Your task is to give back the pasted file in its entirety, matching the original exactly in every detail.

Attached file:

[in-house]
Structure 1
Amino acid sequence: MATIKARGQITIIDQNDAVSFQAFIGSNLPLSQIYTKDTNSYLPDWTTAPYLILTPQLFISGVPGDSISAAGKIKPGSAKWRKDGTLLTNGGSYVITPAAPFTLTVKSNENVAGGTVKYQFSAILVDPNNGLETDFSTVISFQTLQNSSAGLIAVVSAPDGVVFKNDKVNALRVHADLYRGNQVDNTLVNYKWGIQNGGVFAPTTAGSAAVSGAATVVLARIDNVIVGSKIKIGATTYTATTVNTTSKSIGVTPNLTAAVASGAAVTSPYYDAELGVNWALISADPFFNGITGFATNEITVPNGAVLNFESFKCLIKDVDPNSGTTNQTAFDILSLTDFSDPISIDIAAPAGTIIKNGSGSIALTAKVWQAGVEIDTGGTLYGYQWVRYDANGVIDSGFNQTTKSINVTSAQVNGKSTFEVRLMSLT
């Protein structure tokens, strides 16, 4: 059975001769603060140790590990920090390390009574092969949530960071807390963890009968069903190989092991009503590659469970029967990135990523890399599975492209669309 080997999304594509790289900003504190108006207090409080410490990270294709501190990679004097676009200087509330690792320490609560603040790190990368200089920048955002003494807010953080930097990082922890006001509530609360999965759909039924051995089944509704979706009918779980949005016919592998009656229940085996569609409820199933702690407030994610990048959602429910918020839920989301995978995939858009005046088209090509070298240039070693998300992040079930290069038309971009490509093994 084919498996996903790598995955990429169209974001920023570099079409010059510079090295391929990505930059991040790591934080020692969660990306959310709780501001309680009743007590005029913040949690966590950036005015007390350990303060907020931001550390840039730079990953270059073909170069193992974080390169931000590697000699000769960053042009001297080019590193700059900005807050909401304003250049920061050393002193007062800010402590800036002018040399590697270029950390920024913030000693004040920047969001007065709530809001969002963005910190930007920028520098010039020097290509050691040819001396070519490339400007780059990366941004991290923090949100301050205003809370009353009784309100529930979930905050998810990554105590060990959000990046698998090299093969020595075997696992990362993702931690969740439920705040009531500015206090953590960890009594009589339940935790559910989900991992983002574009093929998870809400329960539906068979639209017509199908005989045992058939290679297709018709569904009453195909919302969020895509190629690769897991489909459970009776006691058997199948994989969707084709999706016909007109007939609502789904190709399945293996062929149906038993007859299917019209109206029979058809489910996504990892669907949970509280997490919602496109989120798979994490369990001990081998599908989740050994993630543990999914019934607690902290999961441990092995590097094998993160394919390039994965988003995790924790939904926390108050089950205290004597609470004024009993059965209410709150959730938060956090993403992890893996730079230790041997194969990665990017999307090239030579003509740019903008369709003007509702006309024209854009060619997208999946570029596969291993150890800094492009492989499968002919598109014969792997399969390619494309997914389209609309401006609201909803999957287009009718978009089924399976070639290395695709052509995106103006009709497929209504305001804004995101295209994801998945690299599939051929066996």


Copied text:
[in-house]
Structure 1
Amino acid sequence: MATIKARGQITIIDQNDAVSFQAFIGSNLPLSQIYTKDTNSYLPDWTTAPYLILTPQLFISGVPGDSISAAGKIKPGSAKWRKDGTLLTNGGSYVITPAAPFTLTVKSNENVAGGTVKYQFSAILVDPNNGLETDFSTVISFQTLQNSSAGLIAVVSAPDGVVFKNDKVNALRVHADLYRGNQVDNTLVNYKWGIQNGGVFAPTTAGSAAVSGAATVVLARIDNVIVGSKIKIGATTYTATTVNTTSKSIGVTPNLTAAVASGAAVTSPYYDAELGVNWALISADPFFNGITGFATNEITVPNGAVLNFESFKCLIKDVDPNSGTTNQTAFDILSLTDFSDPISIDIAAPAGTIIKNGSGSIALTAKVWQAGVEIDTGGTLYGYQWVRYDANGVIDSGFNQTTKSINVTSAQVNGKSTFEVRLMSLT
């Protein structure tokens, strides 16, 4: 059975001769603060140790590990920090390390009574092969949530960071807390963890009968069903190989092991009503590659469970029967990135990523890399599975492209669309 080997999304594509790289900003504190108006207090409080410490990270294709501190990679004097676009200087509330690792320490609560603040790190990368200089920048955002003494807010953080930097990082922890006001509530609360999965759909039924051995089944509704979706009918779980949005016919592998009656229940085996569609409820199933702690407030994610990048959602429910918020839920989301995978995939858009005046088209090509070298240039070693998300992040079930290069038309971009490509093994 084919498996996903790598995955990429169209974001920023570099079409010059510079090295391929990505930059991040790591934080020692969660990306959310709780501001309680009743007590005029913040949690966590950036005015007390350990303060907020931001550390840039730079990953270059073909170069193992974080390169931000590697000699000769960053042009001297080019590193700059900005807050909401304003250049920061050393002193007062800010402590800036002018040399590697270029950390920024913030000693004040920047969001007065709530809001969002963005910190930007920028520098010039020097290509050691040819001396070519490339400007780059990366941004991290923090949100301050205003809370009353009784309100529930979930905050998810990554105590060990959000990046698998090299093969020595075997696992990362993702931690969740439920705040009531500015206090953590960890009594009589339940935790559910989900991992983002574009093929998870809400329960539906068979639209017509199908005989045992058939290679297709018709569904009453195909919302969020895509190629690769897991489909459970009776006691058997199948994989969707084709999706016909007109007939609502789904190709399945293996062929149906038993007859299917019209109206029979058809489910996504990892669907949970509280997490919602496109989120798979994490369990001990081998599908989740050994993630543990999914019934607690902290999961441990092995590097094998993160394919390039994965988003995790924790939904926390108050089950205290004597609470004024009993059965209410709150959730938060956090993403992890893996730079230790041997194969990665990017999307090239030579003509740019903008369709003007509702006309024209854009060619997208999946570029596969291993150890800094492009492989499968002919598109014969792997399969390619494309997914389209609309401006609201909803999957287009009718978009089924399976070639290395695709052509995106103006009709497929209504305001804004995101295209994801998945690299599939051929066996």